16. Peter Stanton

    Your experience does not surprise me at all.

    The job providers are there to make money 0n the back of a newstart recipient who only gets a pittance each week in comparison.

    Especially with the oncoming advent 0f more automati0n in the service industry, the current system will become even m0re useless than it currently is.

  17. Unbelievably this was a Fox News host. Just shows how useless Sarah Sanders is.

    The amount of spotlight on the White House press secretary is often inversely proportional to the fortunes of his or her administration. When asked to handle dozens of questions on different issues with verbal dexterity, even the most capable can stumble and stammer at times. All that’s expected is to not create new mistakes that could have been easily avoided. So it really says something that current press secretary Sarah Sanders can’t even reach that low bar.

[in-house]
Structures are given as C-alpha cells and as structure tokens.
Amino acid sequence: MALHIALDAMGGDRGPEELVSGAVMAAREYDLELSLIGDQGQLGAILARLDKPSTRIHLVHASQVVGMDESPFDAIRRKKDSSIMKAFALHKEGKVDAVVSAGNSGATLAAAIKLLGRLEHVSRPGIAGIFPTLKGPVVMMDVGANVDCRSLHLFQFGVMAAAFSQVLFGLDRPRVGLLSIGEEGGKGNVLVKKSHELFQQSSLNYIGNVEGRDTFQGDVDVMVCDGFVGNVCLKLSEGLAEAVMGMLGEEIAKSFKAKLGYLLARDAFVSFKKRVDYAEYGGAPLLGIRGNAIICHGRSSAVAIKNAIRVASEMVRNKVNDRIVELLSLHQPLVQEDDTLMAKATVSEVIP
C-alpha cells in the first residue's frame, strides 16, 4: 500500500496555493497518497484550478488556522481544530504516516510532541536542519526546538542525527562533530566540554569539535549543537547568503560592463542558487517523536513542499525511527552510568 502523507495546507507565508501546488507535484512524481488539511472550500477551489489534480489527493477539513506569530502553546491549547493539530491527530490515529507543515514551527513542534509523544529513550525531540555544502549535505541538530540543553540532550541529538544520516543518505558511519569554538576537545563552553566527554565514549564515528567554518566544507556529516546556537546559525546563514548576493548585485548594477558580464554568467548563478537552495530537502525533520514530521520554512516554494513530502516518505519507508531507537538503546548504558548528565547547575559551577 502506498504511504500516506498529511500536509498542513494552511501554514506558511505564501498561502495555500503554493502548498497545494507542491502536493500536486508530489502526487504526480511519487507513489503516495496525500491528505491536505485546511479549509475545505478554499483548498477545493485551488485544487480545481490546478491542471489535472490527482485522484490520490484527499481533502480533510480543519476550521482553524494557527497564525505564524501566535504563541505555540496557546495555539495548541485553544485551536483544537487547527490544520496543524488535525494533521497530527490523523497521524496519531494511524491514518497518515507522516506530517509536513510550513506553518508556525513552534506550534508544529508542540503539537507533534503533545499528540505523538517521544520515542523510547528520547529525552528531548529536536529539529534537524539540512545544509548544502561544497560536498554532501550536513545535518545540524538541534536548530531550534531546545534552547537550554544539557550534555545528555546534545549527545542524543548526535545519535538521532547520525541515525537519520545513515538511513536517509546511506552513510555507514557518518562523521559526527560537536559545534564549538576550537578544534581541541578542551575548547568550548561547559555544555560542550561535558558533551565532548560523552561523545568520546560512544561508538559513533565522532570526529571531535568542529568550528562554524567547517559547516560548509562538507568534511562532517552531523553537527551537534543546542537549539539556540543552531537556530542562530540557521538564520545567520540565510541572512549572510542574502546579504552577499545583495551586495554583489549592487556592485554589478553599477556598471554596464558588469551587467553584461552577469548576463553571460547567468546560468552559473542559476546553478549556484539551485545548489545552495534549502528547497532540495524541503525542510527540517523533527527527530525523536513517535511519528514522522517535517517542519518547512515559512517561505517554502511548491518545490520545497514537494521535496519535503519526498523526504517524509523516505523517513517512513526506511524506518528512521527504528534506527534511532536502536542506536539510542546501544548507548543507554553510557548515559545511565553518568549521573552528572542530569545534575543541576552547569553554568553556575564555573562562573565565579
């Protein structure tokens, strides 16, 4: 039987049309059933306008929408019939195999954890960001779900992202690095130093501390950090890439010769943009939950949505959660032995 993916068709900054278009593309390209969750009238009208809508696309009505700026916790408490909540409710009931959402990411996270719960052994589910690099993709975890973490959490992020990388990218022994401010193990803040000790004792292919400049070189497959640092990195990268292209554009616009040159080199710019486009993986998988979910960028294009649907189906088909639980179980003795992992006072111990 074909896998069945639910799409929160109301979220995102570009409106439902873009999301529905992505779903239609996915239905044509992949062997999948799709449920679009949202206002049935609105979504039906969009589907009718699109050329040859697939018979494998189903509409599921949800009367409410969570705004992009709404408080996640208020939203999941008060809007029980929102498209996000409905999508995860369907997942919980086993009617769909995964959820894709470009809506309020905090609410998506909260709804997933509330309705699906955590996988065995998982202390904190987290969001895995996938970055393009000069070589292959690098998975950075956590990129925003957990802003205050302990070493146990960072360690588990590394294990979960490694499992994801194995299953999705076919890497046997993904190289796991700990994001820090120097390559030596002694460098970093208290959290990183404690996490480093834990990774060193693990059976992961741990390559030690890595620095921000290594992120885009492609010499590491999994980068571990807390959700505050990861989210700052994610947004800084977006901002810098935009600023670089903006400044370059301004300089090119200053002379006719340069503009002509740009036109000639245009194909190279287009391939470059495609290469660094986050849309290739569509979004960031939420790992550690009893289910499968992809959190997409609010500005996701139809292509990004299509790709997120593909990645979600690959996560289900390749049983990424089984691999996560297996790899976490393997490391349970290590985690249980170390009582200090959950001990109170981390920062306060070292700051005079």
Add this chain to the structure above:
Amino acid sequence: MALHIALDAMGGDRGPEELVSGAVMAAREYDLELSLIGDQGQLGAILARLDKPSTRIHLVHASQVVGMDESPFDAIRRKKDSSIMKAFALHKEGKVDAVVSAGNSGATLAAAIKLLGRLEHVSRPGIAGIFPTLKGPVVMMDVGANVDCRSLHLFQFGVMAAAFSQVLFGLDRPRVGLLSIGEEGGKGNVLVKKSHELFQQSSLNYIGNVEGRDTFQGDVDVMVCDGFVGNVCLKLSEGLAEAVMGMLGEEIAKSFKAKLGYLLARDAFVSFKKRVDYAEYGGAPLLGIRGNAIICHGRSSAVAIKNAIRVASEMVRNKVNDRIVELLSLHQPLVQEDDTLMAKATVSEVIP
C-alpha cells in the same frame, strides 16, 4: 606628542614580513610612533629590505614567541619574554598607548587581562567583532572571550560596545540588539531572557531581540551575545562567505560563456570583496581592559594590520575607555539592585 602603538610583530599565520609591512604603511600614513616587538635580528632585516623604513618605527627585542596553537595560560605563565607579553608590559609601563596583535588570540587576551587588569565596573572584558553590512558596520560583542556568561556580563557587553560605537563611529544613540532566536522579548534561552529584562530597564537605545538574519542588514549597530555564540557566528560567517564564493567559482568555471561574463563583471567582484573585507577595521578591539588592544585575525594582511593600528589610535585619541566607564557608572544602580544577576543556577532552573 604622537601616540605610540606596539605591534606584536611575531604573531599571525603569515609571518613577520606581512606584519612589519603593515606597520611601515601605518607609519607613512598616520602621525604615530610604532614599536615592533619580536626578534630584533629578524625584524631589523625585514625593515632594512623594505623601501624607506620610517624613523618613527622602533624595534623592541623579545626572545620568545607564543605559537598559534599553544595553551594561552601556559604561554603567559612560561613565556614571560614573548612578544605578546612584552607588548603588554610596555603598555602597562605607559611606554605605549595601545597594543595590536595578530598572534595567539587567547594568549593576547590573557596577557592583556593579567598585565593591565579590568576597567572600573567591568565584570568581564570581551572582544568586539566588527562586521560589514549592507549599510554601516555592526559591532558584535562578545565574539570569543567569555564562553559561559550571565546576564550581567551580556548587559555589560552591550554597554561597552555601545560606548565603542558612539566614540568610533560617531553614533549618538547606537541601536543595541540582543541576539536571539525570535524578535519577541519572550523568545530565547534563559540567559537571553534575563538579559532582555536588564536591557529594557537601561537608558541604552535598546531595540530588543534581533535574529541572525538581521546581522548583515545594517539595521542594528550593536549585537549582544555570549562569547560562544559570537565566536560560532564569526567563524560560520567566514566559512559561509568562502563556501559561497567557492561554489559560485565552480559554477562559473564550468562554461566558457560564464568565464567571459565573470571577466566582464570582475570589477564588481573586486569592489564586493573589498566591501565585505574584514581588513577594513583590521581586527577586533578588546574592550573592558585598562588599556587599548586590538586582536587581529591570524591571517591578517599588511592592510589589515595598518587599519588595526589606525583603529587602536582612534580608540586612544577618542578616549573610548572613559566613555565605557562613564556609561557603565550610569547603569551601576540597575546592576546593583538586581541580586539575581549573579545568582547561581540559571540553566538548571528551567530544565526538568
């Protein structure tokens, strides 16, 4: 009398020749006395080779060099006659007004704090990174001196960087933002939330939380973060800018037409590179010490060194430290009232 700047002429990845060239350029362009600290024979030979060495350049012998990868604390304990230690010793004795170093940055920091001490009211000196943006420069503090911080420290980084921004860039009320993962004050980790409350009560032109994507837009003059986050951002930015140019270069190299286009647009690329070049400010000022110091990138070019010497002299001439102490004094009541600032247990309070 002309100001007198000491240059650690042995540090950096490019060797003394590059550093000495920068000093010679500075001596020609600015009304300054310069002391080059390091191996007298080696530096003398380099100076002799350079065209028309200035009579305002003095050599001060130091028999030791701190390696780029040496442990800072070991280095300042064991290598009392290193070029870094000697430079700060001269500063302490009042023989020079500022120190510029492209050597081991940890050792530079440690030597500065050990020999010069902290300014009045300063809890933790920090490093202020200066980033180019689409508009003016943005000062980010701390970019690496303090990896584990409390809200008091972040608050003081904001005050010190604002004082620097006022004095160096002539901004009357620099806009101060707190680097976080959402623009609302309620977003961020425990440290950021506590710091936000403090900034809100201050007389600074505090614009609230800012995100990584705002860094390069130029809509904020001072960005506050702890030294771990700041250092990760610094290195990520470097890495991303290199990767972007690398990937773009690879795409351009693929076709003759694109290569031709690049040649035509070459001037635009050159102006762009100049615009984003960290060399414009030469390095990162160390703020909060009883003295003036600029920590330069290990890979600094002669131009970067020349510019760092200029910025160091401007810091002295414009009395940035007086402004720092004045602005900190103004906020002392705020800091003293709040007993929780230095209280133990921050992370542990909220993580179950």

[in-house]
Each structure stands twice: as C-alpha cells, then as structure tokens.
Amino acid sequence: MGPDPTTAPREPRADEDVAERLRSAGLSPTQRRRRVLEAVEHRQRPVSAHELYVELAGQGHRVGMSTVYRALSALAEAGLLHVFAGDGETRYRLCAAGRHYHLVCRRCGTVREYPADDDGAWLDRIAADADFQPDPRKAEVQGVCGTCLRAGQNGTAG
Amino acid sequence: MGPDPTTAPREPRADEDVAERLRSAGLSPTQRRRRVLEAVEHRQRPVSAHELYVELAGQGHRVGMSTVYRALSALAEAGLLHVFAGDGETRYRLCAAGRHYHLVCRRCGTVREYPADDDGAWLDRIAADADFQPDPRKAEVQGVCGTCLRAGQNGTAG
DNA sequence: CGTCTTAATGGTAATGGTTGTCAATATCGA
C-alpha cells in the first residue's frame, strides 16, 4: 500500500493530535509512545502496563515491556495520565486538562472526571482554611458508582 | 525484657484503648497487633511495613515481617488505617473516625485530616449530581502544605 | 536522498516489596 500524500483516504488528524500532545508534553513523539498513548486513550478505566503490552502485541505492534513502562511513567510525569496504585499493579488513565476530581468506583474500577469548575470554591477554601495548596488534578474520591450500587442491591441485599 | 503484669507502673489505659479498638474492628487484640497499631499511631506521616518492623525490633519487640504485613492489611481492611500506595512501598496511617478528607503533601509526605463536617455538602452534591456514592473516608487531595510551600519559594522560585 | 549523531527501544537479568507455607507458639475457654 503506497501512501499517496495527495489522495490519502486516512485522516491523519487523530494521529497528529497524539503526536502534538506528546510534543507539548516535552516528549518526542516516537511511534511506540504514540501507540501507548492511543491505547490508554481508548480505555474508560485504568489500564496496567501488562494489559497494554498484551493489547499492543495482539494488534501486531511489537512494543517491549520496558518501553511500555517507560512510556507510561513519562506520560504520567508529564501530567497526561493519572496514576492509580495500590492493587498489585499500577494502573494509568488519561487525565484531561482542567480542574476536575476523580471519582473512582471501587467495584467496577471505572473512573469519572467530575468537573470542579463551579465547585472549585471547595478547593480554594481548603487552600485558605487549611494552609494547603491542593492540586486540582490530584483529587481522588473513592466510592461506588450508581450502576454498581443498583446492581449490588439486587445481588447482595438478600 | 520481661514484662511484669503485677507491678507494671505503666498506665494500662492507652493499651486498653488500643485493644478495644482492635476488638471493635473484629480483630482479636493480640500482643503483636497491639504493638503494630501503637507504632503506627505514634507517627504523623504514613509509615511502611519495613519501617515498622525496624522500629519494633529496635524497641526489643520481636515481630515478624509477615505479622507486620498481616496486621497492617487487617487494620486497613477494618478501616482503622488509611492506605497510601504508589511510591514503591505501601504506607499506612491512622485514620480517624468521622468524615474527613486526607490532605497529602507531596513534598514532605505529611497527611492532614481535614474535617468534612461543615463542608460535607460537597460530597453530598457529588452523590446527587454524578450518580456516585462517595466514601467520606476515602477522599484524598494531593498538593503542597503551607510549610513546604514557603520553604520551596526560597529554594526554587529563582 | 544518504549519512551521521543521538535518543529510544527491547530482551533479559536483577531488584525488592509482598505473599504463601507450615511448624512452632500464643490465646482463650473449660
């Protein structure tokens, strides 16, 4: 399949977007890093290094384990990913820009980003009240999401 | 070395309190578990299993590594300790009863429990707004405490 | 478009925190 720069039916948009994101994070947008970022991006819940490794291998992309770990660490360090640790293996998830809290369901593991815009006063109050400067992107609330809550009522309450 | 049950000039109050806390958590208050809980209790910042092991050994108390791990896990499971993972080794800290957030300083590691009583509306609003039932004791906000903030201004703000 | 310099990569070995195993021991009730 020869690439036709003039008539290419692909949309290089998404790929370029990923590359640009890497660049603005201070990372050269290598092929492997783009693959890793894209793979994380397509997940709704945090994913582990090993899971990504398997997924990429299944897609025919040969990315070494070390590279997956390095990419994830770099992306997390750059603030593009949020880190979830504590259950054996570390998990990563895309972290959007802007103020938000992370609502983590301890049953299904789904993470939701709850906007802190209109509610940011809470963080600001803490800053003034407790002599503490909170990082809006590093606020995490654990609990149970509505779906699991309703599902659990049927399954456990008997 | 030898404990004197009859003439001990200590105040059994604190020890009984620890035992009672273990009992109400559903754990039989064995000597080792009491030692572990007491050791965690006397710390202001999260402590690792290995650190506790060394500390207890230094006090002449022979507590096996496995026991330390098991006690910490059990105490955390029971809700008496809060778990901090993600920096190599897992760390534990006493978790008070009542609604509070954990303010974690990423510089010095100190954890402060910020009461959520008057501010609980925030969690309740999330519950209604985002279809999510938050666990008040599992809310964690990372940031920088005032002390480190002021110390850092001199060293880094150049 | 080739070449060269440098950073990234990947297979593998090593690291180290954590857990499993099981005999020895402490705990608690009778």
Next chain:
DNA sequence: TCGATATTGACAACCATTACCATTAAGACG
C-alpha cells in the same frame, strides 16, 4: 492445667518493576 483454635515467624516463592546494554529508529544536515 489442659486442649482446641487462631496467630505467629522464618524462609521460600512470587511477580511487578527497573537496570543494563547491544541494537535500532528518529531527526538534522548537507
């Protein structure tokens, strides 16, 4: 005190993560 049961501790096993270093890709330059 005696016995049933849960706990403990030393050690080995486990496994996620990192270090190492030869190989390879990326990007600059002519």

On “Fox News Sunday,” Sanders tried to defend the president’s obsession with a border wall by arguing it would keep out terrorists. “We know that roughly, nearly 4,000 known or suspected terrorists come into our country illegally,” she told host Chris Wallace, “and we know that our most vulnerable point of entry is at our southern border.” You’ll notice there that Sanders didn’t say those terrorists were coming through the southern border; she just put the two clauses next to each other and hoped viewers would connect the two.